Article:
- 1082: foundation of the Benedictine abbey
- 1097: consecration of the abbey church
- 11th – 12th centuries: construction of the Romanesque abbey
- 13th century: expansion of the abbey’s possessions
- 1346-1356: destruction during the Hundred Years War
- 1464: new governance, commendam
- 1500-1545: construction of the abbey chateau and the north wing
- 1565-1580: destruction during the Wars of Religion
- 1604 : beginning of the restoration
- 1645 : reform of St Maur
- 1790: the French Revolution, the abbey shared between the municipality and private owners
Why such an important abbey near Agen? The legend of Saint Maurin
The Abbey of Saint-Maurin was built to venerate a victim of the faith. Maurin is said to have lived his short life in the 6th century; at the age of 12 he went to Capua (Italy) to be baptized by Bishop Germain, who taught him philosophy for seven years. On his return, he suffered martyrdom near a fountain on the borders of Agenais and Cahorsin. This edifying death and the miracles that followed inspired the establishment of a cult and the construction of a basilica, later replaced by a monastery.
Two capitals of the choir illustrate the life of Saint Maurin
On the left, his head is cut off (cephalophoria), on the right, he walks, his head under his arm towards the fountain.
These capitals are exceptional in the delicacy of their line, their proportions, the seriousness of the faces and the restraint of the attitudes. They are ranked among the most beautiful in Aquitaine.
The creation of the abbey, a family story!
Between the 10th and 11th centuries, the land and the abbey belonged to lay people, the viscounts of Gabarret, then by marriage to the family of Durfort, powerful local lords. In 1082 Bernard-Raymond de Durfort donated the abbey to the abbot of Moissac, Hunaud de Gabarret.
The monks are thus Benedictines affiliated to Cluny. The Benedictines follow the rules decreed by Saint Benedict of Murcia.
The construction of the abbey and its development
In the 11th century, the first part built was the southern arm of the transept flanked by a semicircular chapel dedicated to Saint Benedict (St Benoit). It received its dedication on January 3, 1097, as evidenced by an exceptional lapidary inscription still in place on one of the walls. The bell tower was erected at the same time as the southern arm.
In the 12th century, the construction of the choir and the north transept was begun; the construction of the nave followed.
The abbey’s domains, which became very prosperous in the 13th century, included twenty-five parishes in the dioceses of Agen and Cahors. These dependencies brought in substantial income: in 1789 the last abbot of Saint Maurin, Joseph de Galard, declared 25,000 pounds of income, or the equivalent of 250 times the minimum annual salary of the time!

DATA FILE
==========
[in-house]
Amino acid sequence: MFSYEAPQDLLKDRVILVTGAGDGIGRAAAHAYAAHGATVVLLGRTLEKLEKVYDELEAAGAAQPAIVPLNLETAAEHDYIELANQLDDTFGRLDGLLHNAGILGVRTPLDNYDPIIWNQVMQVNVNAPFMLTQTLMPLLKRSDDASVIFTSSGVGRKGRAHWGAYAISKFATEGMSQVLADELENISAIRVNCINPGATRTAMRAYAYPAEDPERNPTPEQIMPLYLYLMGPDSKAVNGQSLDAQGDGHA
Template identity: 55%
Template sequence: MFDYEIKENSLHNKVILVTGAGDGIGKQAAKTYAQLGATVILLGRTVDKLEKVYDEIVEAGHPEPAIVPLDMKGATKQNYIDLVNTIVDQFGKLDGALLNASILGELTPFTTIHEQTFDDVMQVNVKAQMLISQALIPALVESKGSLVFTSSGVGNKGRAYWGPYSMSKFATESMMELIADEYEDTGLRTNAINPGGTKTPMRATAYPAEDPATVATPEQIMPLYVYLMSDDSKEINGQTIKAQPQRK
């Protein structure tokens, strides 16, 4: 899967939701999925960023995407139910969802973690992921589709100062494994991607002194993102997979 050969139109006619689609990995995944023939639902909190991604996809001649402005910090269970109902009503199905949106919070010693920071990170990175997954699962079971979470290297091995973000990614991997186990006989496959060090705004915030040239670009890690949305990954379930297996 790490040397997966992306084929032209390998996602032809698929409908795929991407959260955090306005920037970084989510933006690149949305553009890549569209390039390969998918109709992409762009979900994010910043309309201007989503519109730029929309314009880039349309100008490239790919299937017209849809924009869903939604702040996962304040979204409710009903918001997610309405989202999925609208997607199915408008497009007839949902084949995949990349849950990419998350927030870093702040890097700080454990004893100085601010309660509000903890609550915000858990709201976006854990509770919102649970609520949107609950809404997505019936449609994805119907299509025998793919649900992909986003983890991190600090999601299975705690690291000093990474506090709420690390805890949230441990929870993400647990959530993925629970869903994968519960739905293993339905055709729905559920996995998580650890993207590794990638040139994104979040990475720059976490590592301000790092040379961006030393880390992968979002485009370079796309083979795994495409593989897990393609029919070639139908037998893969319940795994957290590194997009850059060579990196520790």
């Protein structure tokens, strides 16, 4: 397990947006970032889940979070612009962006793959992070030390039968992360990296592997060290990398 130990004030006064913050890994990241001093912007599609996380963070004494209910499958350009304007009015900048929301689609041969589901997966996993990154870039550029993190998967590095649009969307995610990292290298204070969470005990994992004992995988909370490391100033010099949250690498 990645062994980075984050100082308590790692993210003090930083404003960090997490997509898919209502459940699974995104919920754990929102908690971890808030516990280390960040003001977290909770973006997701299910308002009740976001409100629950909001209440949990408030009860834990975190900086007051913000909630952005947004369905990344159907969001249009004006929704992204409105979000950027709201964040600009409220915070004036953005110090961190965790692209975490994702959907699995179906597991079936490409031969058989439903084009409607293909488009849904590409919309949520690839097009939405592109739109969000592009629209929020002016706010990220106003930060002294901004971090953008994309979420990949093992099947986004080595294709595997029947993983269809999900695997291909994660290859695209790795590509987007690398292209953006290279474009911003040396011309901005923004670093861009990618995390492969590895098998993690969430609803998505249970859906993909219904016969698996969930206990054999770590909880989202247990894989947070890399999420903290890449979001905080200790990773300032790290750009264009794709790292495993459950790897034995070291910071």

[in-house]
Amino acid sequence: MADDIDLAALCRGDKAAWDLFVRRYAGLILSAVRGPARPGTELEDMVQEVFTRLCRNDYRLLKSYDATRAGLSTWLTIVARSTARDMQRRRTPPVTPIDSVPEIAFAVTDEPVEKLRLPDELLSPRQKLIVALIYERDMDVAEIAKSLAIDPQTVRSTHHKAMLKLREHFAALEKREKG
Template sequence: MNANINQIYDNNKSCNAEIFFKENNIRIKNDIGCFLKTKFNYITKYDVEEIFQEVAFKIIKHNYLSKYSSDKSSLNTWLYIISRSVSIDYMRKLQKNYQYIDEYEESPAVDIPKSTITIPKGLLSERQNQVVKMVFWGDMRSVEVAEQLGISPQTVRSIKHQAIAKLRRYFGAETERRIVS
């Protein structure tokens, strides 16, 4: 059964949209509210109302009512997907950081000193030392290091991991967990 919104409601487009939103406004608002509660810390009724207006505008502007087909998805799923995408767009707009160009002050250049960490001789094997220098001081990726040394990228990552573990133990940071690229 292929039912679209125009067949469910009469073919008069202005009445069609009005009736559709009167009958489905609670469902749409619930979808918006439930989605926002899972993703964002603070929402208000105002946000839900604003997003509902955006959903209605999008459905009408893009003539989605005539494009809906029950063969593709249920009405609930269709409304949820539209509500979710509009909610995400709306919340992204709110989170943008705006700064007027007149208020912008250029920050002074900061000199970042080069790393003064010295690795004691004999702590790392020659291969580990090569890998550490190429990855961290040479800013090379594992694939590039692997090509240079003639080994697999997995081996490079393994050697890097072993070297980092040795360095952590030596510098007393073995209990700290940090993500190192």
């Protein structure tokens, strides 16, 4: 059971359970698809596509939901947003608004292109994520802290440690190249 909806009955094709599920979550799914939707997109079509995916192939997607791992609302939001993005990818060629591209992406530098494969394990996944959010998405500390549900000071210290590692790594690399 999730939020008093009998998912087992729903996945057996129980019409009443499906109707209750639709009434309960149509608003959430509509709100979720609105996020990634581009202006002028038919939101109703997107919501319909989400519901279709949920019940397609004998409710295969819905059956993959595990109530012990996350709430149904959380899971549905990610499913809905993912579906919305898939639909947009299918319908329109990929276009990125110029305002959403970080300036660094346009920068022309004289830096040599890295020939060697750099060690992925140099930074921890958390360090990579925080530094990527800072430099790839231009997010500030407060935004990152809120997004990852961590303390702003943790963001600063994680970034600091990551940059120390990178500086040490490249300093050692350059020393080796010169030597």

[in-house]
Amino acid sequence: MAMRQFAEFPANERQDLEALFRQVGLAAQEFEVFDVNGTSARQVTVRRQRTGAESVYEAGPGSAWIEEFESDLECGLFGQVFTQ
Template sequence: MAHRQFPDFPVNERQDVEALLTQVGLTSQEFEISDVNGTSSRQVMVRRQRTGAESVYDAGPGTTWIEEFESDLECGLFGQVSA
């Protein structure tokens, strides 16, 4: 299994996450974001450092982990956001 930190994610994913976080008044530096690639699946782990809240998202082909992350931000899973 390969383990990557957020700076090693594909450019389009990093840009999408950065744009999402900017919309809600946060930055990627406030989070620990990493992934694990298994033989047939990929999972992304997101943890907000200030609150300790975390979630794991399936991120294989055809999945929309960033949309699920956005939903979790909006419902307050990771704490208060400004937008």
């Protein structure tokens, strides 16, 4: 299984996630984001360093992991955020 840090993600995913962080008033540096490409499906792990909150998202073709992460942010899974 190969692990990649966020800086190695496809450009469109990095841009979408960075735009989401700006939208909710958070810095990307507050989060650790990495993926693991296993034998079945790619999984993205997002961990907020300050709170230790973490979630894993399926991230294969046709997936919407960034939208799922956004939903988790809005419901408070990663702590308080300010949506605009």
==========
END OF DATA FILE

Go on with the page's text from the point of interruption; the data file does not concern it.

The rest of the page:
The Black Prince and the Earl of Derby: the vicissitudes of the Hundred Years War
In around 1346 the Earl of Derby (Henry, Duke of Lancaster), and then in 1356 the Black Prince (Edward, Prince of Wales), made incursions into the “Pays de Serres”, pillaging, destroying and burning villages and churches.
The cloister, to the north of the nave, built in the 12th and 13th centuries, as well as the buildings which border it were all largely destroyed on several occasions and rebuilt a little differently. The abbey and the village remained dormant for almost a century. Little by little normal life resumed.
And the governance of the abbey changed! Until then, the monks had elected their abbot. But towards the end of the 15th century, in 1464, the governance of the abbey changed to a commendam to the benefit of the Lustrac family. The commendam, administration of the abbey entrusted to the lord, allowed ambitious reconstruction campaigns, favouring the personal prestige and comfort of the abbot.
Three members of the Lustrac family succeeded one another: the first, Herman, resigned quite quickly in favour of his nephew, Bertrand, barely 16 years old in 1481. Under his abbacy in 1500 the chateau (or abbey house) was built in late Gothic style. Another nephew, Jean de Lustrac, succeeded him, he restored the cloister, the chapter house, the cells of the monks in the north wing, which had a square tower at its end. These building works were completed in 1545.
From 1565 to 1580, unrest in the Pays de Serres! Reform and reconstruction
This is the period of the religious wars. The abbey was again ransacked and burnt.
It was not until the arrival of Abbot Pierre de Villemont in 1604 that the abbey was restored. Prosperity seemed to return in 1624.
His successor, Abbot Mathurin Mangot, introduced the reform of Saint Maur in 1645. Dom du Laura, a Maurist, wrote a detailed history of the abbey, and Dom Plouvier drew up the plans in 1657.
The gardens, the walls, the defensive turrets, of which only one remains, the fishpond, and other additions, were made at the end of the 17th century.
Discover the cloister as it must have been in the 17th century, watch the video!
Walk in the 17th century - the cloister
1789, the start of the French Revolution
Revolutionary unrest began in the village on February 6, 1790. The revolution did not spare the abbey.
The abbey chateau, bought by the municipality, was partly preserved. Some families acquired the monks’ buildings, the choir, the apse and the apsidioles of the transepts, which were transformed into dwellings. The walls of the nave had to be blown up to destroy them. The stones became a quarry and were sold.
And today ?
Despite all these disasters, the abbey did not experience any brutal reconstruction during the 19th century. It still exists through its remains covering the entire area of its original enclosure.